IOC Sub-Commission

for the Western Pacific (WESTPAC)

Related Information



Chairperson and Member of the Working Group

Terms of Reference of the Working Group





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WESTPAC Working Groups

Marine Science and Applications

Ocean Observations and Services

Capacity Development

Cruise track during the two Yellow Sea-East China Sea Cruise Experiment, 2011

The first goal was accomplished with the presentation of 21 science talks over two days. These were delivered by both senior researchers and students and presented a comprehensive coverage of essential problems facing ADOES and other studies of ocean-dust interactions. Enhancing collaboration and coordination of work within ADOES and with other dust studies was discussed in an afternoon session on the second day to end the formal workshop. This included a brief overview by Professor William Miller about the SOLAS Mid-Term Strategy and the role of ADOES as a leader and model for excellent regional scientific collaborations in promoting these plans. Professor Huiwang Gao presented a concise overview of initiatives that ADOES could pursue in the coming year including the ability for samples to be collected for distribution on upcoming Chinese cruises. It is clear from the successful 5th ADOES workshop activities in Nagasaki that the ADOES group is making good progress in addressing the important scientific questions related to the interactions between Asian dust and ocean ecosystems.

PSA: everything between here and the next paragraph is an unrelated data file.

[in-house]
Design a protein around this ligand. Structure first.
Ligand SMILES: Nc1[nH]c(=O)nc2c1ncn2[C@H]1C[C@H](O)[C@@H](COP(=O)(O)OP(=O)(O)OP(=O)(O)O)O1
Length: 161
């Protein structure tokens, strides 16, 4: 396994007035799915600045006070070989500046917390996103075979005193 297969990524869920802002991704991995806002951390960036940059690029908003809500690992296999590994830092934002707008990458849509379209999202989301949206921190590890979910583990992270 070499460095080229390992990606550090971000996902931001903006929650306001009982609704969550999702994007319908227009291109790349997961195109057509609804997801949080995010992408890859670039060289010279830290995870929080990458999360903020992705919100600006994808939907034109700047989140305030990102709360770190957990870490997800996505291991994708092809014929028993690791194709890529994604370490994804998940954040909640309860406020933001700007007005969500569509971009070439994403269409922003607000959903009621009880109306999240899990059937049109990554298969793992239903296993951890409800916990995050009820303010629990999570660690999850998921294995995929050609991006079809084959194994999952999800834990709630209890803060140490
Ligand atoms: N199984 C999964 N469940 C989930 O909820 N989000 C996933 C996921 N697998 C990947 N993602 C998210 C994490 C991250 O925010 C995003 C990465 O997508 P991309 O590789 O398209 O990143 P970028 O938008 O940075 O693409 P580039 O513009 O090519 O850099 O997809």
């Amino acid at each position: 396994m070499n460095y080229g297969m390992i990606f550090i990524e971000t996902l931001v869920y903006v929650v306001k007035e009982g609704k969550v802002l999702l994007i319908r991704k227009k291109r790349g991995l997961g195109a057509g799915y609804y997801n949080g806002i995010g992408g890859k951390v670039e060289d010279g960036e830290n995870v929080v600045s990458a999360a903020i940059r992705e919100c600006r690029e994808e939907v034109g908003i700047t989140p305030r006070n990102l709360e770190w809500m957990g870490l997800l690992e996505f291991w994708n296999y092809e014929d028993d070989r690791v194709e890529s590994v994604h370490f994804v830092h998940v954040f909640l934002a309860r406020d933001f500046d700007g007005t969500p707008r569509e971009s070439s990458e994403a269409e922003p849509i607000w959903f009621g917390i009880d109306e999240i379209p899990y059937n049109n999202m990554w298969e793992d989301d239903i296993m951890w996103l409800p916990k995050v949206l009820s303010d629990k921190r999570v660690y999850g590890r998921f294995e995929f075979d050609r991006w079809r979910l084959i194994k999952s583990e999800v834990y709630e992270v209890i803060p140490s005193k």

Joint 6th Workshop on Asian Dust and Ocean EcoSystem (ADOES) with Asian SOLAS was held on 5-9 October 2011 in Qingdao, China. More than 50 participants attended the workshop and 29 scientists from China, Japan, Republic of Korea and the United State were invited to present their latest research results and findings, with a focus on Asian dust and its potential impact on marine ecosystem. They include: recent experimental results on impact of Asian dust on marine ecosystem, new particle bursts and aerosol optical properties recently observed in the coastal areas and impact of radioactive materials leakage from the Fukushima nuclear plant on marine environments. Building on these findings, scientists from Ocean University of China, Fudan University, Peking University and Institute of Physical (CAS) also had a group discussion in the workshop for jointly submitting a proposal to deepen current studies on relationship between atmospheric deposition and ocean primary activities. The proposal will also attempt to understand the impact of ocean emissions on regional climate.

2. Fieldwork

Field observation on Qianliyan Island R/V Hakuhomaru: May 18 - June 4, 2010  

Three cruises and field experiment on island were carried out in 2011. Some scientific results were already reported and published.

Two Yellow Sea-East China Sea Cruise: Researchers from Ocean University of China conducted two 3-weeks cruise experiments over Yellow Sea and East China Sea onboard R/V Dongfanghong II, during Mar.17-Apr.10 and Oct. 16-Nov.6, 2011. 

Field observation on Qianliyan Island (within the Yellow Sea): From Apri.23 to May 07, Ocean University of China conducted 2-weeks field observation for atmospheric chemistry on Qianliyan Island which is 64 km away from the inland of Shandong Peninsula.

Japanese research cruises (R/V Hakuho maru: May 18 - June 4, 2010 and R/V Tansei maru: September 23-October 3, 2010) for METMOP (Marine Ecosystem Transit from Marginal seas to Open Pacific)as the ADOES activity were carried out in the western North Pacific and celebrated the 50th Anniversary of IOC. Two Chinese and one Thai graduate students were invited the R/V Hakuho maru and experienced the chemical analysis and share the samples. Prof. Huiwan Gao from China joined the R/V Tansei maru cruise and exchange the scientific knowledge.

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